When most fans logged on to their hockey websites of choice today to see if there were any updates regarding the lockout, I doubt any of us expected to see the headline that Minnesota Wild goaltender Josh Harding was diagnosed with muscular sclerosis. We've been hoping for good news for weeks now, and instead we are greeted with more bad news.
Before I continue, I need to let you all know where I'm coming from as I write this. While I do not have MS myself, I was born with a rare hereditary spinal cord disorder called familial spastic paraparesis (FSP). My late father had it, as did his siblings and their mother. I have it but my younger brother does not, though he could carry the recessive gene. Like MS, it is neurological in nature. In my case, FSP causes weakness in my leg muscles and poor balance. At this time (I am 36 years old), I can still walk, although with the assistance of a cane. Eventually, I will most likely be in a wheelchair. It does not scare me as I have been blessed with role models in my family that have shown me that my disability doesn't have to stop me from doing what I want in life. While my legs might be weak, my determination is strong.
For those of you wondering exactly what MS is, it is an autoimmune disease that attacks the neurological system of the body. Ones own body attacks the central nervous system by eating away the important protective lining that surrounds the nerves. Those nerves are then left with scars and lesions. The result is dizziness, fatigue as well as balance and vision issues. In Harding's case, he started with a tick in his neck and then started seeing black spots in his vision combined with numbness in his right leg. Thankfully, he was smart and realized that there was something wrong and went to the doctor right away. He has been started on medications to help prevent future lesions.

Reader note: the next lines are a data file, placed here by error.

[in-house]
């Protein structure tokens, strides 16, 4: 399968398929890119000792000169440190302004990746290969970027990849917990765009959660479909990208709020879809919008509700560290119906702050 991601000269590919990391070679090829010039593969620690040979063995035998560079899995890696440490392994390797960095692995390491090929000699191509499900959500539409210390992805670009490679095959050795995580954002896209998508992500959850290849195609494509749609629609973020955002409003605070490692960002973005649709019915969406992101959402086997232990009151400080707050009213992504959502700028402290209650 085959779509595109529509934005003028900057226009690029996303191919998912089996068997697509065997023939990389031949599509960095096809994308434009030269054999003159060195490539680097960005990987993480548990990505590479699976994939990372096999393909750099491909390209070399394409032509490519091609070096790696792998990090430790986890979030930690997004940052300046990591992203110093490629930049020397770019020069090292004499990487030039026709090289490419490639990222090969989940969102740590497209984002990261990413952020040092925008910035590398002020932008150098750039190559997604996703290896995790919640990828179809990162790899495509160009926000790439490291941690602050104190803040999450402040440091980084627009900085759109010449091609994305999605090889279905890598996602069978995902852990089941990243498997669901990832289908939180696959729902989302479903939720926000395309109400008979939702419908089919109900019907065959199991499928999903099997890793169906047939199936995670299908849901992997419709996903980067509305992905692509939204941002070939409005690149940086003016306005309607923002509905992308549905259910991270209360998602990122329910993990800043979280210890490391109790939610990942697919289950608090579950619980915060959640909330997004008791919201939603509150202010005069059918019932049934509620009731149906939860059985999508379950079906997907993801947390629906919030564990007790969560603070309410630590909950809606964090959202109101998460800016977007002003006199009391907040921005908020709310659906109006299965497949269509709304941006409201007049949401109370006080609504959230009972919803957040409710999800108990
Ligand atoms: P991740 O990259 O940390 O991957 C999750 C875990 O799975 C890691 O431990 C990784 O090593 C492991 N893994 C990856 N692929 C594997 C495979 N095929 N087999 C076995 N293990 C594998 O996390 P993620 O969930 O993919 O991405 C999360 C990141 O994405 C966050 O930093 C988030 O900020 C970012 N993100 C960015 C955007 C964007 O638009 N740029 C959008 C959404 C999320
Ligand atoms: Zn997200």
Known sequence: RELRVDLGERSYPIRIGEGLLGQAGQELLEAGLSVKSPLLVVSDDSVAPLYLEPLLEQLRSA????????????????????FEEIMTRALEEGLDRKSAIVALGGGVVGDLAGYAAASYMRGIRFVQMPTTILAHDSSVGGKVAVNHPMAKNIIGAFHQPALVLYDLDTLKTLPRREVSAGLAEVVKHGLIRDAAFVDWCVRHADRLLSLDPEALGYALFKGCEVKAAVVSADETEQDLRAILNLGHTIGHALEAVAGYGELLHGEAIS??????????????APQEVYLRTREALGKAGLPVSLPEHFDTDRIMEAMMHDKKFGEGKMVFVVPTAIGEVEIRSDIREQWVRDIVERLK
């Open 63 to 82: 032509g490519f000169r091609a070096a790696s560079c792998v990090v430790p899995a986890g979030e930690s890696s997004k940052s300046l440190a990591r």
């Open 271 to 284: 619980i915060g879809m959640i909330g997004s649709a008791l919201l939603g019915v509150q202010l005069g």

In his interview with Michael Russo of the Minneapolis Star Tribune, Harding seems positive about the situation. If you're the kind of person who wonders how one can remain so when they've received such a diagnosis, I can say from experience it's the absolute best thing he can and should do. Once you let bad news get to your mental well-being, you might as well just sit back and wait for your condition to take over your life. If you let your disease or disability take over your life, that is when there are problems. The most important thing is to keep a positive outlook and live your life to its fullest each and every day. Sure, that is difficult and Harding will face some setbacks on occasion, but at this time he is doing exactly what he needs to be doing. Living life and taking care of his health.
For Harding, if he ever comes across this, I'd like to tell him "you're not alone." There are many of us out here who struggle with various illnesses and disabilities. In a way, I'm fortunate because I've never known anything different. I've always known that I have FSP and know where it will take me. I know my limitations yet I know that I am more than my limitations. It will be harder for you Josh, because eventually it will take away your ability to play the game you love. However, you have accomplished something that the majority of us will never do, and that is play a professional sport. I am sure that your doctor has made this suggestion, but I will make it as well. Find a support group for people living with MS. You need to meet people in various stages of MS. They will show you that life is not over, it is simply beginning anew. I know you've met many young kids on Wild hospital visits who still smile and enjoy every day even though they're very ill. If you need a role model, just think of those kids. In the meantime, take care of yourself and enjoy this time with your family and friends. You clearly have a fantastic group of people around you, including fellow players. Do not be afraid or too proud to ask for help. People often want to help but don't know how or if they should.
And Josh, the fans will be here as well. When we finally get the chance to do so, we will be there to cheer you on.